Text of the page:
Gono cannot and will not fix the problem. There are decided limits to what he can do with the best will in the world. With these kleptomaniacs in government, what amount of power and influence can Gono wield over them?

Zanu PF must admit openly that we have become a failed state. And it is Zanu PF which has to fix the problem. It is a very difficult situation for any governor of the Reserve Bank whoever it could have been.

We cannot expect Gono to remain asbestos in a melting pot. The real epidemic is the ruling Zanu PF. This is the contextual framework which was lacking particularly in your Editor’s memo and the article by Biti.

Yes, by dishing out trillions to corrupt and unaccountable parastatals, local authorities and other organisations, the Reserve Bank is merely offering bandages and patches to a worn-out tube.

It can never be a cure for an economy that is terminally ill. And I think there is a very simple point that the Reserve Bank management has to grasp: Without Zanu PF willing and able to fix the politics of this country, no amount of fresh blood you continue to pump into an anorexic Zimbabwean economy will revive it. Any business the world over needs political stability, security as well as the environment in which it can grow and thrive. That kind of environment does not exist in Zimbabwe.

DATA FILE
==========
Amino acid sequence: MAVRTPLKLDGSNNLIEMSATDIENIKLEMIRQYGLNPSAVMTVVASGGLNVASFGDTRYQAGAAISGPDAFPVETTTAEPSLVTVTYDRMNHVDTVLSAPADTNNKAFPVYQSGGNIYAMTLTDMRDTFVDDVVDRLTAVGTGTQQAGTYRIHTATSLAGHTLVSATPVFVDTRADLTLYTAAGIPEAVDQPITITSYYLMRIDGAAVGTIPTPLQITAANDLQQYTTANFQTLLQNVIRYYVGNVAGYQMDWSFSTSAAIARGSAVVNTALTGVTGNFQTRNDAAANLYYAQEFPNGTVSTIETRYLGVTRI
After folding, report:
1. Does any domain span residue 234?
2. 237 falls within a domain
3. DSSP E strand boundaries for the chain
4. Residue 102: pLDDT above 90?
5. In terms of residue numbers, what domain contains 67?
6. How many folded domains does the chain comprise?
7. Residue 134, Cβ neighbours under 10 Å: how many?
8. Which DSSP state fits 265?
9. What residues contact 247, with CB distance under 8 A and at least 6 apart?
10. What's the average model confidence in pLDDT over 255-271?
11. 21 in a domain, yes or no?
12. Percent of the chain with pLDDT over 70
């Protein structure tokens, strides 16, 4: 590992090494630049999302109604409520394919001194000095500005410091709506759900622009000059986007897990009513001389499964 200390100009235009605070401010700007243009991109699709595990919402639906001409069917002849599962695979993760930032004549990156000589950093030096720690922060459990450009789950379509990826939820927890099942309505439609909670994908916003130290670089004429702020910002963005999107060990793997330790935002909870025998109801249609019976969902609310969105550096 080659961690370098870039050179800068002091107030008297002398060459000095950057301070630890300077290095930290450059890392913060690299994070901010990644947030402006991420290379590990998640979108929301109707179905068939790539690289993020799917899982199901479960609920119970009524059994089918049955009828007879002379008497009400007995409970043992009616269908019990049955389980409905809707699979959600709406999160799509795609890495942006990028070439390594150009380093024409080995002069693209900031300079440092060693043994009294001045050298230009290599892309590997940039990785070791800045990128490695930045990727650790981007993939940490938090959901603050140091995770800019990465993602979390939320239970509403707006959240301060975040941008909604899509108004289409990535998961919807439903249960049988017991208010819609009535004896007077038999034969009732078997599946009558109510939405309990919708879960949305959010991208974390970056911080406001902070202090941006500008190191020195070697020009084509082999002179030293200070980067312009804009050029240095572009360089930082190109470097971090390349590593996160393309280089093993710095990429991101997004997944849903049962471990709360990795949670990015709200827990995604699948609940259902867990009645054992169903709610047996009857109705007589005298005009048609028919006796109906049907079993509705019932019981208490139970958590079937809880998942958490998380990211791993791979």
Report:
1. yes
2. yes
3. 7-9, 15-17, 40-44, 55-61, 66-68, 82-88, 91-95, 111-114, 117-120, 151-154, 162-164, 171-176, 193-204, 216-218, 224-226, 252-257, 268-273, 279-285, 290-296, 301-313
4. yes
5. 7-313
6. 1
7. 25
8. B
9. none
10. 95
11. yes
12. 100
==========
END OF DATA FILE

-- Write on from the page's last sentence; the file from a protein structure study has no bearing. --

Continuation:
But that does not mean Gono and his team do nothing until the environment becomes propitious. Far from it. Giving up now can never be an option, to quote Gono’s favourite expression.

As a central bank you have a huge task on your hands but do not give up. I think this is the bottom line. The answer obviously lies in political hands but continue to persevere. I want to challenge all Zimbabweans to say that if any one of us was in Gono’s shoes in the current political climate, would we fare any better? A big no is my answer.

Things could be much worse without Gono. Ours is an abnormal environment. I want to repeat what I said earlier on: Though knowing we won’t succeed, we try anyway. In Gono and his colleagues, we must pay some homage to the power of the human spirit and to their extraordinary efforts against crushing oppression.